Monday, July 16, 2012

The new Jerusalem

Prime Minister Cameron has revealed he would choose the hymn Jerusalem as a national anthem for England's sports teams. Cameron joked that the hymn may be interpreted as a left-wing rallying call because of its mention of "dark satanic mills" - thought to refer to the Industrial Revolution. However the Conservative leader said he disagreed and that it should belong to everyone. Blake is a difficult figure for the right wing to co-opt.

King George V said that he preferred "Jerusalem" over "God Save the King". Until 2010, "Land Of Hope And Glory" (or as socialists call it “Land of Dopes and Tories”) was used as the anthem when English athletes won gold medals at Commonwealth Games. But this was switched to Jerusalem for the 2010 games in New Delhi after the hymn was chosen in a poll launched by the Commonwealth Games Council for England. It is traditionally sung at rugby league's cup finals and rugby union games. Since 2004, it has been the anthem of the England cricket team, being played before each day of their home test matches. Socialists are utterly opposed to such manifestations of nationalism.

The 1808 short poem by William Blake (music by Sir Hubert Parry in 1916) is inspired by the apocryphal story that a young Jesus, accompanied by his uncle Joseph of Arimathea, a tin merchant, travelled to the area that is now England and visited Glastonbury during Jesus' lost years. The legend is linked to an idea in the Book of Revelation describing a Second Coming, wherein Jesus establishes a new Jerusalem, a metaphor for Heaven, a place of universal love and peace. Blake implies that a visit of Jesus would briefly create heaven in England, in contrast to the "dark Satanic Mills" of the Industrial Revolution.

Blake saw the cotton mills and collieries of the period as a mechanism for the enslavement of millions. The phrase "green and pleasant land" has become identifiably English landscape or society. Blake was an outspoken supporter of the French Revolution. The poem expressed his desire for radical change without overt sedition. (In 1803 Blake was charged at Chichester with high treason for having 'uttered seditious and treasonable expressions', but was acquitted. Christopher Rowland, a Professor of Theology at Oxford University, has argued that "Blake wanted to stir people from their intellectual slumbers, and the daily grind of their toil, to see that they were captivated in the grip of a culture which kept them thinking in ways which served the interests of the powerful." and the words of the poem "stress the importance of people taking responsibility for change and building a better society 'in England's green and pleasant land.' " Like other radicals such as William Cobbett and William Godwin, Blake observed the propertied classes crush down those beneath them in the name of national interest. Hence, this is a poem of struggle for human - not national - identity. For Blake it was humanity in the whole that mattered – regardless of race, creed, nationality:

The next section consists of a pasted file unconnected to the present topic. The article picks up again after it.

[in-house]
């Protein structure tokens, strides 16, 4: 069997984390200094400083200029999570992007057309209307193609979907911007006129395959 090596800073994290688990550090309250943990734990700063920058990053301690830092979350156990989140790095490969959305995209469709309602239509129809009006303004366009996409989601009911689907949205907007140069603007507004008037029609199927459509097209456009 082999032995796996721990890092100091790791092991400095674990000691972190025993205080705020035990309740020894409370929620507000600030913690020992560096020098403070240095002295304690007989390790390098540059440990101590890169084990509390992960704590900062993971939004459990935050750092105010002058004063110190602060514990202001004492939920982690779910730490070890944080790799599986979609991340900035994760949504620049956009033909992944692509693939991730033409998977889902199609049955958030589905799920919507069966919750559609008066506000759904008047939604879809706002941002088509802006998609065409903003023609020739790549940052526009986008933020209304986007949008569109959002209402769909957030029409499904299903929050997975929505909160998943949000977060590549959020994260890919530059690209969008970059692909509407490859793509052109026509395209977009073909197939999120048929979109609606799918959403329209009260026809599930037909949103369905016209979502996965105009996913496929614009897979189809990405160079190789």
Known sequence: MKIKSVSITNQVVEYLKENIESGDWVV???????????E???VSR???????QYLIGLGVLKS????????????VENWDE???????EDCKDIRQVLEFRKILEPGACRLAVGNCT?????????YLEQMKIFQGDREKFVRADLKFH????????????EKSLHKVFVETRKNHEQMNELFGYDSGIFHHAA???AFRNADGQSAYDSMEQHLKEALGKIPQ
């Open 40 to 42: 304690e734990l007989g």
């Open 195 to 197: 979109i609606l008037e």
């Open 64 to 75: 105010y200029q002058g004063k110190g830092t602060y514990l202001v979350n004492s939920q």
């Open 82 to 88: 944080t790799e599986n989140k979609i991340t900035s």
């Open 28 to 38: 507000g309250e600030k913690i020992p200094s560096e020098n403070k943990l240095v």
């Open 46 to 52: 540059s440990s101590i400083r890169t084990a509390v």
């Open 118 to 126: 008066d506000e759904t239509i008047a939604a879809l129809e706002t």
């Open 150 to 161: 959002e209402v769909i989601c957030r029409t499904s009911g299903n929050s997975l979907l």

And all must love the human form,
In heathen, Turk, or Jew;
Where Mercy, Love, and Pity dwell
There God is dwelling too.

(The Divine Image)

Sir Hubert Parry put it to music for a jingoistic pro-war Fight for Right campaign whose aims were "to brace the spirit of the nation, that the people of Great Britain, knowing that they are fighting for the best interests of humanity, may refuse any temptation, however insidious, to conclude a premature peace, and may accept with cheerfulness all the sacrifices necessary to bring the war to a satisfactory conclusion". Parry began to have misgivings again about Fight for Right and eventually wrote to Sir Francis Younghusband withdrawing his support entirely the following year.

The song had been taken up by the Suffragettes in 1917. It was used as a campaign slogan by the Labour Party in the 1945 general election; Clement Attlee said they would build "a new Jerusalem". It has been sung at conferences of the Conservative Party, the Labour Party and by the Liberal Democrats. The Labour Party sing it annually since it is an old socialist hymn

In the year of the London Olympics we would be amiss not to draw attention to another of  Blake's poems. The poem reflects Blake's extreme disillusionment with the suffering he saw in London. Blake lived and worked in the capital, so was well placed to write clearly about the conditions people who lived there faced and who understood, with depressing wisdom, both the hopelessness and misery of their situation. Many saw the French Revolution as inspirational - a model for how ordinary, disadvantaged people could seize power. Blake alludes to the revolution in London, arguably suggesting that the experience of living there could encourage a revolution on the streets of the capital.


I wander thro’ each charter’d street,
Near where the charter’d Thames does flow,
And mark in every face I meet
Marks of weakness, marks of woe.
In every cry of every Man,
In every Infant’s cry of fear,
In every voice, in every ban,
The mind-forg’d manacles I hear. 
How the Chimney-sweeper’s cry
Every black'ning Church appalls;
And the hapless Soldier’s sigh
Runs in blood down Palace walls.
But most thro’ midnight streets I hear
How the youthful Harlot’s curse
Blasts the new-born Infant’s tear
And blights with plagues the Marriage hearse.

by William Blake

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